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When recursively wget-ting a fairly large site, after downloading 18 MB or so, wget starts complaining "Unable to resolve host" and/or "Temporary failure in name resolution", even though I can look up the host just fine with host or dig.

On the advice of various fora, I tried:

  1. commenting out the hosts line in /etc/nsswitch.conf
  2. replacing potentially dodgy nameservers in /etc/resolv.conf with Google's and
  3. explicitly adding the name to /etc/hosts

It doesn't seem to matter whether or not I set --no-dns-cache in the wget command line; the same thing happens.

I can't tell if wget is eventually going to finish, or if it's going to stay stuck in this state. It'd be nice if it finished, since I need it to --convert-links.

I'm running wget 1.11 (compiled from source, because 1.12 and later have broken the behavior of --no-clobber with --convert-links, at least for my purposes) on a Linux Mint 14 system.

What causes this? Is there a way to fix it?

share|improve this question
You may run wget through strace in order to see what really happens. With a bit luck this can be seen in the output: strace -tt -f -o wget.strace wget ... That file is going to be big (few 100 K at least). Interesting is just the last part before the crash. – Hauke Laging Feb 27 '13 at 1:14
Some servers don't like being hammered, and accept only so many requests from a particular IP address. That is what the --limit-rate= and --wait= flags are for. – vonbrand Feb 27 '13 at 1:19
A server blocking requests would not exhibit as a host lookup failure. How many file descriptors does the wget process have when the errors start occurring? lsof -p $(pgrep wget) – Matt Feb 27 '13 at 2:05
@mindthemonkey I think you might be on to something -- I left it to complete overnight, and came back to find the conversion process complaining "Too many open files". – David Moles Feb 27 '13 at 16:51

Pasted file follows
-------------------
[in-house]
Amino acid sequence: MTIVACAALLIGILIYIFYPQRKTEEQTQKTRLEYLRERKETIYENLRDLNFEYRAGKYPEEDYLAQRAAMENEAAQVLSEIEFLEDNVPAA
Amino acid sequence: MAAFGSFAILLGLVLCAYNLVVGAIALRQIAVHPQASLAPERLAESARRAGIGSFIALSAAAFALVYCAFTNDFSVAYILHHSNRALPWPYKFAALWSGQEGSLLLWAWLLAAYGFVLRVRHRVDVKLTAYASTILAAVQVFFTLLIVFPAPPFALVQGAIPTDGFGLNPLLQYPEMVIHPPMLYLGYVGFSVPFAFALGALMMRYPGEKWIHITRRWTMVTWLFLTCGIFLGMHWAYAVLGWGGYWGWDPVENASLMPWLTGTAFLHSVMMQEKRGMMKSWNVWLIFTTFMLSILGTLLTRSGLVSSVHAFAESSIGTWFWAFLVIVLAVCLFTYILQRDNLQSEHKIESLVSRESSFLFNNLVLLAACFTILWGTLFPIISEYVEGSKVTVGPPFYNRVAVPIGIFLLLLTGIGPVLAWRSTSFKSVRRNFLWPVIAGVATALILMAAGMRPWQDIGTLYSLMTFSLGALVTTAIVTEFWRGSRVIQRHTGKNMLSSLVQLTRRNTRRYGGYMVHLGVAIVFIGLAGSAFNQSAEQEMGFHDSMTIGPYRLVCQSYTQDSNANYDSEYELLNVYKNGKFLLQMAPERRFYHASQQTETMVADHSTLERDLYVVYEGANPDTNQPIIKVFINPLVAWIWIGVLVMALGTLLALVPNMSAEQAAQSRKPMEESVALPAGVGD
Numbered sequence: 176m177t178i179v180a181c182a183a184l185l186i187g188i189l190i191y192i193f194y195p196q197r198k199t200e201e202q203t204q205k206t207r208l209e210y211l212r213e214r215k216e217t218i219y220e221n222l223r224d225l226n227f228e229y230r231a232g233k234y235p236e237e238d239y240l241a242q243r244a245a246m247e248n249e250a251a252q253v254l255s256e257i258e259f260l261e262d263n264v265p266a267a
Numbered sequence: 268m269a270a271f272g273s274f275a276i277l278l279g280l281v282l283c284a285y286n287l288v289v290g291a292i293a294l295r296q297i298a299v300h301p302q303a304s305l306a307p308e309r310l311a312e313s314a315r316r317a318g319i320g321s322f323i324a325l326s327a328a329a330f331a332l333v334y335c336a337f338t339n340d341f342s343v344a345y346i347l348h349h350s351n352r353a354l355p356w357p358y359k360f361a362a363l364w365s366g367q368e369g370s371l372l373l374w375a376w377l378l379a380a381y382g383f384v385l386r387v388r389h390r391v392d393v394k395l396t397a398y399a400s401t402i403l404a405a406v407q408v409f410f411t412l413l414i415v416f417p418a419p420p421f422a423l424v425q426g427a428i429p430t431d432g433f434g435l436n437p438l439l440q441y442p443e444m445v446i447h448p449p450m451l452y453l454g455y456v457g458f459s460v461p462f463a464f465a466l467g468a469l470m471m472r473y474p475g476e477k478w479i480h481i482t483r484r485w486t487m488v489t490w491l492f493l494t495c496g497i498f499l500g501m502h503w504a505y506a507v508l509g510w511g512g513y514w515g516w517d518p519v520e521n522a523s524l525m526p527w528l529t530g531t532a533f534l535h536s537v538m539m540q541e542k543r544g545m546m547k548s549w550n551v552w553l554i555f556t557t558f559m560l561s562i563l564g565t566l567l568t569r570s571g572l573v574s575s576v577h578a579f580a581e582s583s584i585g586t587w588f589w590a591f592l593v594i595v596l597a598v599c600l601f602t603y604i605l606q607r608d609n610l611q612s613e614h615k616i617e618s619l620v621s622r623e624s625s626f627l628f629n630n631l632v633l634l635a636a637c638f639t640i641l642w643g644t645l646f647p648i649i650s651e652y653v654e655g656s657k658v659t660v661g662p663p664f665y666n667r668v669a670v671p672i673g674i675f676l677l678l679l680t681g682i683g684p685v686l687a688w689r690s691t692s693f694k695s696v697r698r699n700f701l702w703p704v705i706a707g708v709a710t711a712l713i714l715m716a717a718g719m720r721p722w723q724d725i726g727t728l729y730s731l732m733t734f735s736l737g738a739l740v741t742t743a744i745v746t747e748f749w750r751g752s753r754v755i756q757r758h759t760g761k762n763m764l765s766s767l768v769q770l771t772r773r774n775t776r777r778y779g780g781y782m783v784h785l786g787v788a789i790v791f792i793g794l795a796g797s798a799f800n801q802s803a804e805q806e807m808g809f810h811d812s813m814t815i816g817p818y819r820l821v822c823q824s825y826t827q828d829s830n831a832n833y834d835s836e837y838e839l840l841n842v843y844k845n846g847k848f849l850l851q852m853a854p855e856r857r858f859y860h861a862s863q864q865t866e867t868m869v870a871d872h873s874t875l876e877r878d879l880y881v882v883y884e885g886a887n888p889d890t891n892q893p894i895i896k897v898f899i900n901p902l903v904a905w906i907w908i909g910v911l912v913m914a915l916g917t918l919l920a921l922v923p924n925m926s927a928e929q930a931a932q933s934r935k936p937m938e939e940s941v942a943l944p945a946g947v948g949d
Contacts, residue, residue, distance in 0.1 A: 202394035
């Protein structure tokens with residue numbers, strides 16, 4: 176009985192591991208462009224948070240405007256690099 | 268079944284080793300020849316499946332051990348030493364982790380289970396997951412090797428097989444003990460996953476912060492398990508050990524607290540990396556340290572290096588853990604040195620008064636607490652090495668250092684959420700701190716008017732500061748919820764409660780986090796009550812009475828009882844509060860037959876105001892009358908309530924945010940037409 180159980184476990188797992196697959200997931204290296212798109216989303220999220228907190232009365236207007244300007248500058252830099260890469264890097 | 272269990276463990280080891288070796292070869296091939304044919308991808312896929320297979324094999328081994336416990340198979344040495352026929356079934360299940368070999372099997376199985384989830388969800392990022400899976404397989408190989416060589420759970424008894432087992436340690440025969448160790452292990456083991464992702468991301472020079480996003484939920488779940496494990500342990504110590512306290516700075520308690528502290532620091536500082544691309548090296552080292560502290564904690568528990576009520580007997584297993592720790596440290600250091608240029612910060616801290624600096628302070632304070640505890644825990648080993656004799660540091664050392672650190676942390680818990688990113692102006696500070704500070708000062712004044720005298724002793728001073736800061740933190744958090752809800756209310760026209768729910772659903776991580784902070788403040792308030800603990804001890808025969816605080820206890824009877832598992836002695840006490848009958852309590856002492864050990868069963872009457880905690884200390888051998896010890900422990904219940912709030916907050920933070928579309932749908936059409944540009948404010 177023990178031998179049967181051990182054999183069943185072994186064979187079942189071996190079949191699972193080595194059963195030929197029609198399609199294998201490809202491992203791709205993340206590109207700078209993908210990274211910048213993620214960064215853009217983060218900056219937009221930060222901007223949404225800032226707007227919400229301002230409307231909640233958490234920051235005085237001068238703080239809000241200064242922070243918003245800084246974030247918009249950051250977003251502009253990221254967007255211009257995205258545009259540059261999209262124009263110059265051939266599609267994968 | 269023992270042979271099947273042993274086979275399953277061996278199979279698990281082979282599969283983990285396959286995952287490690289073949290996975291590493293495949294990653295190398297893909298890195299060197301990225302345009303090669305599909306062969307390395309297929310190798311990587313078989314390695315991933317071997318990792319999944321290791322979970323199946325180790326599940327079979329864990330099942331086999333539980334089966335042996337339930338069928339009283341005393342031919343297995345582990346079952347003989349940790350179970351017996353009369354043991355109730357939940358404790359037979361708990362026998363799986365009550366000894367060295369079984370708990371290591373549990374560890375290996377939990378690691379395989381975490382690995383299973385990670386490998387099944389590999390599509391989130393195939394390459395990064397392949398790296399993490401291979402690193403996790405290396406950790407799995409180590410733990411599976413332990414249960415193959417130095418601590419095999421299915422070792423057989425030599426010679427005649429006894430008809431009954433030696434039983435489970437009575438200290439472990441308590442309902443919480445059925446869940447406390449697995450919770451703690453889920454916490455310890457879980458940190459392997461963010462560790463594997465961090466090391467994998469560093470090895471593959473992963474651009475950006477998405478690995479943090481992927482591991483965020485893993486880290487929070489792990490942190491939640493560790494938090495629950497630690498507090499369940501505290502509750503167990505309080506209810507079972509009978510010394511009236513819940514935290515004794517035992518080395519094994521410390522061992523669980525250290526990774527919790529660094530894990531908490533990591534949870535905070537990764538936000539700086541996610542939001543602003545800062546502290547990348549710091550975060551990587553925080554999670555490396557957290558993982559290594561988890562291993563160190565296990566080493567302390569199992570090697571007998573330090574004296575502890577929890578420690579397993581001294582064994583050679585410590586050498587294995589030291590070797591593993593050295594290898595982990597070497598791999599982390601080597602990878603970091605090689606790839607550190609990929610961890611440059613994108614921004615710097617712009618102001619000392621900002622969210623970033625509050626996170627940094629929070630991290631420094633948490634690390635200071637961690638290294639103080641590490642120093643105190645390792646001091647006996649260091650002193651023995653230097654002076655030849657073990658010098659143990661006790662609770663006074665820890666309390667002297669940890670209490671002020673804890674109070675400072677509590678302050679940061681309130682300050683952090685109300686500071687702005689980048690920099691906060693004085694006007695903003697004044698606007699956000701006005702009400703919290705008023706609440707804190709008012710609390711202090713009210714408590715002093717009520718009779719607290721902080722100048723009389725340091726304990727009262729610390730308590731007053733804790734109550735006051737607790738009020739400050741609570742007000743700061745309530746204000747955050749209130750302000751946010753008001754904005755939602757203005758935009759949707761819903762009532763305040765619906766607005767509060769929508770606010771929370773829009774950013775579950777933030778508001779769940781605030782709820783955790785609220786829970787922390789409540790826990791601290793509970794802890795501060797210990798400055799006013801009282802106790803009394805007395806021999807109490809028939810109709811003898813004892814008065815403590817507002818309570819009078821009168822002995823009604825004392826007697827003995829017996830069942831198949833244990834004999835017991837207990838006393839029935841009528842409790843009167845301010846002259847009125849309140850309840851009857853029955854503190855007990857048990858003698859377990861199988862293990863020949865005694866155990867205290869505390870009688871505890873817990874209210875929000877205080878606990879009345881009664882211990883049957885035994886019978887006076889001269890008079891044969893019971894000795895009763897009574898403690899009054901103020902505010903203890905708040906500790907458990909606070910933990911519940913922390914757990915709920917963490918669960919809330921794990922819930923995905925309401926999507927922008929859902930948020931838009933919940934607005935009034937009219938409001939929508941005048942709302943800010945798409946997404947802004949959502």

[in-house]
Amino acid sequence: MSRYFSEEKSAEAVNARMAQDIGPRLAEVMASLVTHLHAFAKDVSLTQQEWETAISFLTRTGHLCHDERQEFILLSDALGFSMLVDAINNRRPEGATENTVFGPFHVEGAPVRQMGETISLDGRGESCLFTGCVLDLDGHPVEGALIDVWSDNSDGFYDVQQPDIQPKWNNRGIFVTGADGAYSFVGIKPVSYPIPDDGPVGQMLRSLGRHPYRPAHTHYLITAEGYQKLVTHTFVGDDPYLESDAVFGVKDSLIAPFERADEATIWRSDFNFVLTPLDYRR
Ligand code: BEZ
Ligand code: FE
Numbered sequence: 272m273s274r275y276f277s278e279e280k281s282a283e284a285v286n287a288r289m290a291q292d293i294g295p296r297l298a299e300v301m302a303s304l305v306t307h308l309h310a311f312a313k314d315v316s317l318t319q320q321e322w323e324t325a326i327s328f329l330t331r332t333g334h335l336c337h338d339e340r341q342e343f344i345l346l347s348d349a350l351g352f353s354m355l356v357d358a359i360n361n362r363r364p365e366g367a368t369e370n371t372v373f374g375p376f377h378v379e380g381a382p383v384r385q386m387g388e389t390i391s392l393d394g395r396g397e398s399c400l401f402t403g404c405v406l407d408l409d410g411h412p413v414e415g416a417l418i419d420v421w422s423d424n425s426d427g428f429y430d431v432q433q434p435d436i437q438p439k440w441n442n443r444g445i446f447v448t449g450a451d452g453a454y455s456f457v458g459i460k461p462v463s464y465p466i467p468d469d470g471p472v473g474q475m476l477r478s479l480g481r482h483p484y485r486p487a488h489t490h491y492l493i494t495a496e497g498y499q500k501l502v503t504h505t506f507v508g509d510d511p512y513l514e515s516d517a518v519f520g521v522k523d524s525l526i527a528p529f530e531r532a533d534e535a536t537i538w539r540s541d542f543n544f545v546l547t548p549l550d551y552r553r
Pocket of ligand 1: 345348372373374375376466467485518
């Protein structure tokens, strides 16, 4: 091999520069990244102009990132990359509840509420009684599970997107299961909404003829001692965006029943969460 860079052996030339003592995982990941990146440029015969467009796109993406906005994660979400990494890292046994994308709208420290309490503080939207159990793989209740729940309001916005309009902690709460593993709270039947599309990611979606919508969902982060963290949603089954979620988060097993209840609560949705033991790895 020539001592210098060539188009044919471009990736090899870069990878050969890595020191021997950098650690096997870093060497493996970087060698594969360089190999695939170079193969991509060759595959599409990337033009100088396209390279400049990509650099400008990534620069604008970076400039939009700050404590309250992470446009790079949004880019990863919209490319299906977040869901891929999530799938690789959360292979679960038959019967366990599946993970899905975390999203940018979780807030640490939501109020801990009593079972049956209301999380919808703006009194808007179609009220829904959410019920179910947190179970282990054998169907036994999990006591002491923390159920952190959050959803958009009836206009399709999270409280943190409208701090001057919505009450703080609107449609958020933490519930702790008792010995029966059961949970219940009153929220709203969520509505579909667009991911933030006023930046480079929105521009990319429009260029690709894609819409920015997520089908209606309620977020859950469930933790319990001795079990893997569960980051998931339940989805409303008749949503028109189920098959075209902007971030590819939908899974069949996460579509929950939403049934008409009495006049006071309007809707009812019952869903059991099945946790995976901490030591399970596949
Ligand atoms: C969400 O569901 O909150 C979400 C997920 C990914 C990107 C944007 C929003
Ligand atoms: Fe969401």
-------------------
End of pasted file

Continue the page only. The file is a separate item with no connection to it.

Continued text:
up vote 2 down vote accepted

Unfortunately the true fix will most likely be using the latest version of wget as the issues have probably been fixed there. 1.11 is about 5 years old. There is a 1.11.4 too if you happen to be using the original 1.11.

Alternatively (and this is horrible.. and might not work depending on what is triggering the file descriptor usage):

  • Increase the file ulimit for the user running wget.
  • Work out a way to resume your wget nicely.
  • Monitor the fd usage via lsof or a simple ls /proc/$pid/fd
  • Restart your wget when it gets close to your ulimit of files.

Otherwise you would need to trace what is leaking the fd's in wget and patch it. There may be known file descriptor leak patches you could backport to 1.11. I can't seem to find a public version control for the wget source though.

share|improve this answer
I'm pretty sure I saw this in 1.13 before I noticed the noclobber problem, but I suspect you're right about the file descriptors. And yes, while you can get a tarball of the release source, GNU is unfortunately quite a lot behind the times in terms of public source control. – David Moles Feb 27 '13 at 19:47
@mindthemonkey: curl and Perl's WWW::Mechanize could be an alternative as well. – 0xC0000022L Feb 27 '13 at 19:51
@0xC0000022L curl would take a whole lot of scripting though as it doesn't have the recursive/mirror features. I've not used WWW::Mechanize, but it looks the same, a module you could write a recursive perl getter with? – Matt Feb 27 '13 at 20:31
@mindthemonkey: yes, you do the parsing yourself to resolve links, that's correct. – 0xC0000022L Feb 27 '13 at 20:47

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